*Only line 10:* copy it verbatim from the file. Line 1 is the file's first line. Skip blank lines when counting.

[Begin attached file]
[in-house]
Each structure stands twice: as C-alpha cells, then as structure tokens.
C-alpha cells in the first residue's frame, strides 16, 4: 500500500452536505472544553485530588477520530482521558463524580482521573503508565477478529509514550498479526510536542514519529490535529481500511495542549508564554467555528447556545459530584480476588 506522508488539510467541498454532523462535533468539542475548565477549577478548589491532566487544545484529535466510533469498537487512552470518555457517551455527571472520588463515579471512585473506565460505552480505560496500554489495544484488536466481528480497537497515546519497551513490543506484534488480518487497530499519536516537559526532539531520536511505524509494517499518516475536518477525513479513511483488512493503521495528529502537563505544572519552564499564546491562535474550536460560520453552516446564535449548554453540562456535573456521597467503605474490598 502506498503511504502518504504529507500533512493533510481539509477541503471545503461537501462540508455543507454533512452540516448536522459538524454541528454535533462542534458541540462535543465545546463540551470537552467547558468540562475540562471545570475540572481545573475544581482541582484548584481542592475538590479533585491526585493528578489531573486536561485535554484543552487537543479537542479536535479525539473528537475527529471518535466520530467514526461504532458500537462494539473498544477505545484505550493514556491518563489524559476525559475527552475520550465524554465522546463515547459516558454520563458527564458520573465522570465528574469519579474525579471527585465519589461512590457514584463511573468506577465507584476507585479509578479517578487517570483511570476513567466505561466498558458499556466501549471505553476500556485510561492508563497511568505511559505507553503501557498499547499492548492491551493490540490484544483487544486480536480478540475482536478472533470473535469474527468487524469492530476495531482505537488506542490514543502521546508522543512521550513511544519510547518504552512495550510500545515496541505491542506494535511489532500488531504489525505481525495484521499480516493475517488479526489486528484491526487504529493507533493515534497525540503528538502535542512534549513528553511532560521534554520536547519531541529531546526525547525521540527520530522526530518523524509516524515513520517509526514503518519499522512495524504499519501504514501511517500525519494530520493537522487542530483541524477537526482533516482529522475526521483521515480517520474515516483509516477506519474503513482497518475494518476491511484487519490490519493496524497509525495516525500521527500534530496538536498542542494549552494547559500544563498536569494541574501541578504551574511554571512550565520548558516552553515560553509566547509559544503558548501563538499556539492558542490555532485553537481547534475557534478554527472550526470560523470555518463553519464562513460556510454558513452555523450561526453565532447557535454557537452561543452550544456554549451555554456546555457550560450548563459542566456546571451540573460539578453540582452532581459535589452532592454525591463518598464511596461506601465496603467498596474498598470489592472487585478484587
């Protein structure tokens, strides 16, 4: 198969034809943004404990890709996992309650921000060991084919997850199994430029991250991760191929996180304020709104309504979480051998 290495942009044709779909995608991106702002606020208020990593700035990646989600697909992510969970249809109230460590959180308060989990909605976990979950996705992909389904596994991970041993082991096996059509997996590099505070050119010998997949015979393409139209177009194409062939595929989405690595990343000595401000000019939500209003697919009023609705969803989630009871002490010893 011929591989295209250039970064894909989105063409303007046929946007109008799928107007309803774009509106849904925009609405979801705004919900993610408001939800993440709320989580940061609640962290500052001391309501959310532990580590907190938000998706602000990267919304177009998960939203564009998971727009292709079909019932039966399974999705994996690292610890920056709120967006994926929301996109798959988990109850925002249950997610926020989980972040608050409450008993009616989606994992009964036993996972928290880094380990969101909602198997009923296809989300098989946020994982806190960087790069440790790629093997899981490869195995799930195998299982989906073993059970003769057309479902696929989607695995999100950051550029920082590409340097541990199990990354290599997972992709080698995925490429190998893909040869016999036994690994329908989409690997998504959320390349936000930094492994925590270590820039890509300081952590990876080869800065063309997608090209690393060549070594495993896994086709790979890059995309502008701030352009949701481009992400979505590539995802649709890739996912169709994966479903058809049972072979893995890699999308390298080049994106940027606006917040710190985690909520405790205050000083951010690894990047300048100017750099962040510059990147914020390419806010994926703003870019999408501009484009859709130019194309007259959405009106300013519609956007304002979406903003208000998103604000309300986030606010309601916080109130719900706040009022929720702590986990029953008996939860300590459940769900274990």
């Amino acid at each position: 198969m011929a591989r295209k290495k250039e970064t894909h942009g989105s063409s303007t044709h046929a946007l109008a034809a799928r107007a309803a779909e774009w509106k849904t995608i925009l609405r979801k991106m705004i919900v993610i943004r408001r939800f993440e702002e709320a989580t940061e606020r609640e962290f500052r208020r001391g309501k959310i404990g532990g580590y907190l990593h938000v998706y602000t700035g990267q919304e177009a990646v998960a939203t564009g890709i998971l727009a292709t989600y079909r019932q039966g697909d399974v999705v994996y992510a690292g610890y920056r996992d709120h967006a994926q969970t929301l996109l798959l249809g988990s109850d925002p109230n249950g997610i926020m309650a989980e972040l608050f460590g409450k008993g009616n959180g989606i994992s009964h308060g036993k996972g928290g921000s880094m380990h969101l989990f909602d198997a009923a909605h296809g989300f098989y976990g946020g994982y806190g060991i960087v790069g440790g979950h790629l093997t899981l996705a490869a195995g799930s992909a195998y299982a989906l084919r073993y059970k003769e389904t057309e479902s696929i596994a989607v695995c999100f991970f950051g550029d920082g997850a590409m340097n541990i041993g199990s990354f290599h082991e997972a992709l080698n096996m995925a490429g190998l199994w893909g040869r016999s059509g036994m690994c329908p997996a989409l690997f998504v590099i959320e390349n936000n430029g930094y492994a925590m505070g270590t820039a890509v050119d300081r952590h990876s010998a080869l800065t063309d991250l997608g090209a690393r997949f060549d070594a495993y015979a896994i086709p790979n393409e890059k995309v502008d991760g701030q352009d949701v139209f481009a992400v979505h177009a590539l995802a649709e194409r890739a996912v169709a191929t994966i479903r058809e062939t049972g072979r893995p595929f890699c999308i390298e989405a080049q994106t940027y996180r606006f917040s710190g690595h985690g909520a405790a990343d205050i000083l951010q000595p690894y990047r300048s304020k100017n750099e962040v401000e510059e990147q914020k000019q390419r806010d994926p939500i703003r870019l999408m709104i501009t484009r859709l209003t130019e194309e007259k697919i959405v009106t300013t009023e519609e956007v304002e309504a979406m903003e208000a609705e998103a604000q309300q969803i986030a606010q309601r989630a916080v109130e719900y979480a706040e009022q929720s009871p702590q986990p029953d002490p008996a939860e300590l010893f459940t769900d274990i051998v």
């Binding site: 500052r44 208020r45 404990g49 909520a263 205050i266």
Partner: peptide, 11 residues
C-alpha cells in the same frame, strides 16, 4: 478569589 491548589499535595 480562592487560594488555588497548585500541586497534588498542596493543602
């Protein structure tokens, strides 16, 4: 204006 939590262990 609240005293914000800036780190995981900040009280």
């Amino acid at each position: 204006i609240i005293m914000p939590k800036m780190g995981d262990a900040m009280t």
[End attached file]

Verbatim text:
């Amino acid at each position: 204006i609240i005293m914000p939590k800036m780190g995981d262990a900040m009280t």